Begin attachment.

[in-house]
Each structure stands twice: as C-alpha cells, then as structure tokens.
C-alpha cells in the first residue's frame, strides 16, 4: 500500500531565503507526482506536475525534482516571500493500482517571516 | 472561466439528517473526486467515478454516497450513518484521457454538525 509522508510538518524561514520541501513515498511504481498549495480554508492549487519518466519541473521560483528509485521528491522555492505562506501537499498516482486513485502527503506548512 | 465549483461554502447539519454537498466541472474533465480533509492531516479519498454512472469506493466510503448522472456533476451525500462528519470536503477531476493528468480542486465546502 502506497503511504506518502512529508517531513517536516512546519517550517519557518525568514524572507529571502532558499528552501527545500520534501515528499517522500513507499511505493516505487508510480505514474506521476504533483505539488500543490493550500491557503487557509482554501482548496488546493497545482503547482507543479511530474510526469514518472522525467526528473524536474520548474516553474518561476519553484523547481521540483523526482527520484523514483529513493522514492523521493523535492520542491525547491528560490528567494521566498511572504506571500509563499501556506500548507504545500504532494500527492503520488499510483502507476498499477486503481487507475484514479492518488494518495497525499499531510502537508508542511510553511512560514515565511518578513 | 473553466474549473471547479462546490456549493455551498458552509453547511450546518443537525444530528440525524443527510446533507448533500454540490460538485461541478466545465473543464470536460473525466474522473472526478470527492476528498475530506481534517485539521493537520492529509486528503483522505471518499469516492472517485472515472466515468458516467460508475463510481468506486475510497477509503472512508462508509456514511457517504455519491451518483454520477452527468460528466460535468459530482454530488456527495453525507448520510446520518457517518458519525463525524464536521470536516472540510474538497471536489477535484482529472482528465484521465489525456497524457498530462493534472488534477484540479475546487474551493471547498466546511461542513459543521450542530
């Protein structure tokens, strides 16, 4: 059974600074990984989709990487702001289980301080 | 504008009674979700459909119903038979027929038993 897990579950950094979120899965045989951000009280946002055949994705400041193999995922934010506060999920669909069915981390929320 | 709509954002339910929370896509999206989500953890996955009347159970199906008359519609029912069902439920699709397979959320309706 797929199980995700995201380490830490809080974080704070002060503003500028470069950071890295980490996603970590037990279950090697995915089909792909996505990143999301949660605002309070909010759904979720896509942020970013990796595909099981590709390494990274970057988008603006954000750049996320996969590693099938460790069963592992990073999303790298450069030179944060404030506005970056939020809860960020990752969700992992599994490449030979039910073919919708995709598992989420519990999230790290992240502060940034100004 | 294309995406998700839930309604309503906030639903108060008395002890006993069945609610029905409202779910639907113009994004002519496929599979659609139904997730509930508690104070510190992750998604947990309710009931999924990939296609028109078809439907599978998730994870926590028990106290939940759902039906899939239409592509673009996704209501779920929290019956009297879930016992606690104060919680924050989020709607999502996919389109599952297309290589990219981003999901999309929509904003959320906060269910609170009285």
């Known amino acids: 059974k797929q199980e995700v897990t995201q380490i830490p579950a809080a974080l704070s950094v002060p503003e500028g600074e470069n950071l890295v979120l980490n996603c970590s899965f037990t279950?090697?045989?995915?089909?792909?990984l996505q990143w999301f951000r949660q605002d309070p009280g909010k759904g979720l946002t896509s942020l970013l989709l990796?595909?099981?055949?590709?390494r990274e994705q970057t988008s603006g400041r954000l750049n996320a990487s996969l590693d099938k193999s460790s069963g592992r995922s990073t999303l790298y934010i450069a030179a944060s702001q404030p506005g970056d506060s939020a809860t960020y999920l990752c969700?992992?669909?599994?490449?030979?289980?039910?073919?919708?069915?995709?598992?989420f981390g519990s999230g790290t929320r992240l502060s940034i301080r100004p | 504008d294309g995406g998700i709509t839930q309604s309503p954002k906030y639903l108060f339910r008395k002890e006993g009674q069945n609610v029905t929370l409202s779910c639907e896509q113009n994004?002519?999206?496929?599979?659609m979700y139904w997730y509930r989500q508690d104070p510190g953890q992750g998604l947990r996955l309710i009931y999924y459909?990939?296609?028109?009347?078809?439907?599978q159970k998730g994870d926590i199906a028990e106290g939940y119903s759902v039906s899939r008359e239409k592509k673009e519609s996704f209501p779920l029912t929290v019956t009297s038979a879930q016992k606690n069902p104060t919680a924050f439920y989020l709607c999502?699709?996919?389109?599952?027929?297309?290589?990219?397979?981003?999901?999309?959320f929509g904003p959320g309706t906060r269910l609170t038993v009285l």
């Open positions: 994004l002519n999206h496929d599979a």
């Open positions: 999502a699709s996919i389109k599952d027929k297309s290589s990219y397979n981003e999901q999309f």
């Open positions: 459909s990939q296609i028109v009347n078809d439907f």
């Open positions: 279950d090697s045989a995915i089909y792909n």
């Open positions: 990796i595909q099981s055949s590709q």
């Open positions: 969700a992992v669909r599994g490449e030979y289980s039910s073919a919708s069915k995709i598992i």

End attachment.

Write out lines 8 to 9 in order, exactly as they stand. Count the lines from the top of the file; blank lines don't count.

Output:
């Open positions: 459909s990939q296609i028109v009347n078809d439907f």
């Open positions: 279950d090697s045989a995915i089909y792909n």